Review: ‘Soni’ Is a Fly-On-The-Wall Look at Gender, Sexism and Misogyny
On a chilly winter night, a woman is cycling on the streets of Delhi when she is followed by a man passing lecherous comments. Fed up of his behaviour, she suddenly stops and beats him up badly until she is held back by a group of people. The woman in question is Soni (Geetika Vidya Ohlyan), a policewoman who works undercover on the night shift as part of a decoy operation targeting crimes against women. She is accompanied by her superior Kalpana (Saloni Batra), an IPS officer.
Soni is a temperamental woman whose habit of acting before she thinks often gets her into trouble. Kalpana reprimands her but is also quick to defend Soni each time gets into trouble.
This is because she knows that Soni’s anger is justified. Like most women, she’s no stranger to sexism, harassment and internalised misogyny and in a way, it’s part and parcel of her job. In one instance when she asks two inebriated Navy officers to get out of their car, they retort by saying, “Are you married? Come, let’s celebrate!” In another, she walks in on a politician’s son and his friends consuming cocaine in a washroom. They say, “Arre aa jao aap jaisi khoobsurat ladki ke saath toh aur maza aayega (It’ll be more fun with a beautiful woman like you),” they say. In one particularly telling instance when a man calls the police helpline and asks for the policewoman’s number, she just laughs it off and says, “Thode aise bhi aa jaate hain (There are always a few strange men).” It’s a sort of coping mechanism that many women will find familiar—sometimes it’s just easier to shrug such instances off than to engage.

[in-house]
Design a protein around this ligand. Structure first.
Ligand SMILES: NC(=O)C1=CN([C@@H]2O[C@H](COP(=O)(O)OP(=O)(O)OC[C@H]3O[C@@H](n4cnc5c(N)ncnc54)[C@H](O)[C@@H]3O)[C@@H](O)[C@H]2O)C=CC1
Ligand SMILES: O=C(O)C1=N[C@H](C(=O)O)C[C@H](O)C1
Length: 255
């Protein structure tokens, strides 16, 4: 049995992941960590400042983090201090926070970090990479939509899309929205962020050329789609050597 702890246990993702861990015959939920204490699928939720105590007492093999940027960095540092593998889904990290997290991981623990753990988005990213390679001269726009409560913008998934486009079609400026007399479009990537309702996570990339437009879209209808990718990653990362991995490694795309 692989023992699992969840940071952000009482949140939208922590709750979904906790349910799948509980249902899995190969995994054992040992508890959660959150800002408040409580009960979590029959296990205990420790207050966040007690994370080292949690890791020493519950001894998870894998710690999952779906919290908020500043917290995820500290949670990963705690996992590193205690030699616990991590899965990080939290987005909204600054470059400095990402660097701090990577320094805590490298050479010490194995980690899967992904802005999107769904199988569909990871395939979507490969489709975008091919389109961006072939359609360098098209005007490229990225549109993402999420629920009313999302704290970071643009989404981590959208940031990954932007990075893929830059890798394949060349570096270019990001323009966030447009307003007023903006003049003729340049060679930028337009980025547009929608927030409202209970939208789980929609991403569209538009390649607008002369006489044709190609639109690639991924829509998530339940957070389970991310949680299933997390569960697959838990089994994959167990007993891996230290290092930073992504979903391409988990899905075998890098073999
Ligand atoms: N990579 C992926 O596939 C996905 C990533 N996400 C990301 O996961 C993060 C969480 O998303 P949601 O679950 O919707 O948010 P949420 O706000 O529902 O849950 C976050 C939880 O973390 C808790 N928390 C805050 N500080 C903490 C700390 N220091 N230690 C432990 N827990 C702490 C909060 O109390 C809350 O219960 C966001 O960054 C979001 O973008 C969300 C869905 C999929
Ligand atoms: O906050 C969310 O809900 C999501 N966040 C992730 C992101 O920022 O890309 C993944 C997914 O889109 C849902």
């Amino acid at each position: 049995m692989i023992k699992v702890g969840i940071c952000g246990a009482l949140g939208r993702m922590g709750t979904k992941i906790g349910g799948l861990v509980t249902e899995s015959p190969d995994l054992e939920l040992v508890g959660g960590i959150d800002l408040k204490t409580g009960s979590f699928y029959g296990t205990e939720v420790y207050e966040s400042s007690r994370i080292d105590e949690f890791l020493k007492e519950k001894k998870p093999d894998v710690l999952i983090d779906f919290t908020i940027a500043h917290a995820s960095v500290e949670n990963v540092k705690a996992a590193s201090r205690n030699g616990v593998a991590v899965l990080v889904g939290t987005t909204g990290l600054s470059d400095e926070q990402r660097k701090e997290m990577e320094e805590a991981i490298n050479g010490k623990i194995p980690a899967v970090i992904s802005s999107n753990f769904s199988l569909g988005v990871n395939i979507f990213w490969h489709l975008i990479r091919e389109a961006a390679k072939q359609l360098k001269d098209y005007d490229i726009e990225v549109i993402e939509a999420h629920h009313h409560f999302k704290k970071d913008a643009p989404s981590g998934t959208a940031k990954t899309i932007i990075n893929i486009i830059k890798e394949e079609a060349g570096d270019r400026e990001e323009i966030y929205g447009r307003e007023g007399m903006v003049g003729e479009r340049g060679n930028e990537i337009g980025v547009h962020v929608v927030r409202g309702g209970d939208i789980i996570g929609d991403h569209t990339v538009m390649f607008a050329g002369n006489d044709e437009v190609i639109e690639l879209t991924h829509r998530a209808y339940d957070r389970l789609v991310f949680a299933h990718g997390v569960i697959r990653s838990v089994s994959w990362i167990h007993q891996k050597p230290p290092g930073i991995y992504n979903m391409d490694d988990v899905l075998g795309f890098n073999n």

The highlight of the film is the relationship between the two women. Director Ivan Ayr gives us two realistic leads. Kalpana is firm but cares for the people who work with her, which often irks her husband (also an IPS officer) who tells her repeatedly to be more ‘aggressive’. Ayr alternates beautifully between their personal and professional lives.
Ayr also injects some humor in the form of Soni’s neighbour. Extremely concerned about her late nights and her whereabouts she tells her, “Beta zara sindoor daal lo, behtar hoga (Put on some sindoor, it always helps).” One sees how Soni neglects her health and house for the sake of her work, only to be reprimanded for her dedication to her job.
Ayr has also set the film in the winter of Delhi, the chilly, foggy weather accentuating the feeling of gloom. The frames are mostly dimly lit and in shades of blue.
By treating the subject in a subtle manner, the film quietly emphasises the chilling atrocities committed by men. When Naval officers or politician’s children behave badly, you just overlook it. These are things that we all know, but when we you see it you realise how we normalize such behavior. And this behaviour extends all the way down to your childhood. When Kalpana’s niece complains about being teased by boys for being on her periods, you realise why Soni has so much anger within. It’s because she’s been at the receiving end of bad behavior by men for so many years, and so have most women.
Ayr’s choice of not going ahead with known faces, benefits the film usually because it allows anyone to see themselves in these women. Both Saloni Batra and Geetika Vaidya are refreshingly natural and slip into their roles with ease. There’s one particular moment that stands out—when the two of them are sipping hot cups of tea on a cold night at a tea stall of Soni’s choice. Soni looks at Kalpana with eagerness to know if she liked the tea, it’s a subtle moment but shows the respect she has for her.
Soni is restrained and creates an atmosphere that might get your blood boiling but never reflects that aggression in the film itself. It’s an important film, and also my first at the Mumbai Film Festival (MAMI), a choice I’m glad I made.